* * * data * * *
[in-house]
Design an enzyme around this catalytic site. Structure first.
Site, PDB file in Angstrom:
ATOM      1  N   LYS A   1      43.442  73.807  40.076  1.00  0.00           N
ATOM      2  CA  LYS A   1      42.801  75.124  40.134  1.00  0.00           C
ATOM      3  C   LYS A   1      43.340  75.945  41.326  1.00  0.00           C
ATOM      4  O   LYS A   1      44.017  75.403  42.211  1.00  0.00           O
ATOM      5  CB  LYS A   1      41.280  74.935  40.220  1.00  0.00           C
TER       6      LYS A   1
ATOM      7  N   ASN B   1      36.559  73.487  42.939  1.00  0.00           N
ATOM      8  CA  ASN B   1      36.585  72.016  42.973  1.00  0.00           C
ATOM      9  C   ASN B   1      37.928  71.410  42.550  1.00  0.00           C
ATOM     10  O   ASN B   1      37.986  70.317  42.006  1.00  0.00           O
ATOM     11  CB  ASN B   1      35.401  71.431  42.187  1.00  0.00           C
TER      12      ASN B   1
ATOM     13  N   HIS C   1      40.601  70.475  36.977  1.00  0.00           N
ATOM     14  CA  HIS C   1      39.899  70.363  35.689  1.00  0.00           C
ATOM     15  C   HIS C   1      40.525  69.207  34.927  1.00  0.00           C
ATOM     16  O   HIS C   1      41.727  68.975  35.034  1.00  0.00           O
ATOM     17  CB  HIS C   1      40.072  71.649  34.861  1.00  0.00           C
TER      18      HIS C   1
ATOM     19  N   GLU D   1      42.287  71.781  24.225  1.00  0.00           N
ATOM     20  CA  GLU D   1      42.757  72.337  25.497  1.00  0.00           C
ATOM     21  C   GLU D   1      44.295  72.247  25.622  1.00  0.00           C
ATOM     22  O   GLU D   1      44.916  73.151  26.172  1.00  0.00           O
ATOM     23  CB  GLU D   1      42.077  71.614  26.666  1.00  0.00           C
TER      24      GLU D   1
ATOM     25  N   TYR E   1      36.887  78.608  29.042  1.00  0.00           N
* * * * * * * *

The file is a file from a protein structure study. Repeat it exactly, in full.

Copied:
[in-house]
Design an enzyme around this catalytic site. Structure first.
Site, PDB file in Angstrom:
ATOM      1  N   LYS A   1      43.442  73.807  40.076  1.00  0.00           N
ATOM      2  CA  LYS A   1      42.801  75.124  40.134  1.00  0.00           C
ATOM      3  C   LYS A   1      43.340  75.945  41.326  1.00  0.00           C
ATOM      4  O   LYS A   1      44.017  75.403  42.211  1.00  0.00           O
ATOM      5  CB  LYS A   1      41.280  74.935  40.220  1.00  0.00           C
TER       6      LYS A   1
ATOM      7  N   ASN B   1      36.559  73.487  42.939  1.00  0.00           N
ATOM      8  CA  ASN B   1      36.585  72.016  42.973  1.00  0.00           C
ATOM      9  C   ASN B   1      37.928  71.410  42.550  1.00  0.00           C
ATOM     10  O   ASN B   1      37.986  70.317  42.006  1.00  0.00           O
ATOM     11  CB  ASN B   1      35.401  71.431  42.187  1.00  0.00           C
TER      12      ASN B   1
ATOM     13  N   HIS C   1      40.601  70.475  36.977  1.00  0.00           N
ATOM     14  CA  HIS C   1      39.899  70.363  35.689  1.00  0.00           C
ATOM     15  C   HIS C   1      40.525  69.207  34.927  1.00  0.00           C
ATOM     16  O   HIS C   1      41.727  68.975  35.034  1.00  0.00           O
ATOM     17  CB  HIS C   1      40.072  71.649  34.861  1.00  0.00           C
TER      18      HIS C   1
ATOM     19  N   GLU D   1      42.287  71.781  24.225  1.00  0.00           N
ATOM     20  CA  GLU D   1      42.757  72.337  25.497  1.00  0.00           C
ATOM     21  C   GLU D   1      44.295  72.247  25.622  1.00  0.00           C
ATOM     22  O   GLU D   1      44.916  73.151  26.172  1.00  0.00           O
ATOM     23  CB  GLU D   1      42.077  71.614  26.666  1.00  0.00           C
TER      24      GLU D   1
ATOM     25  N   TYR E   1      36.887  78.608  29.042  1.00  0.00           N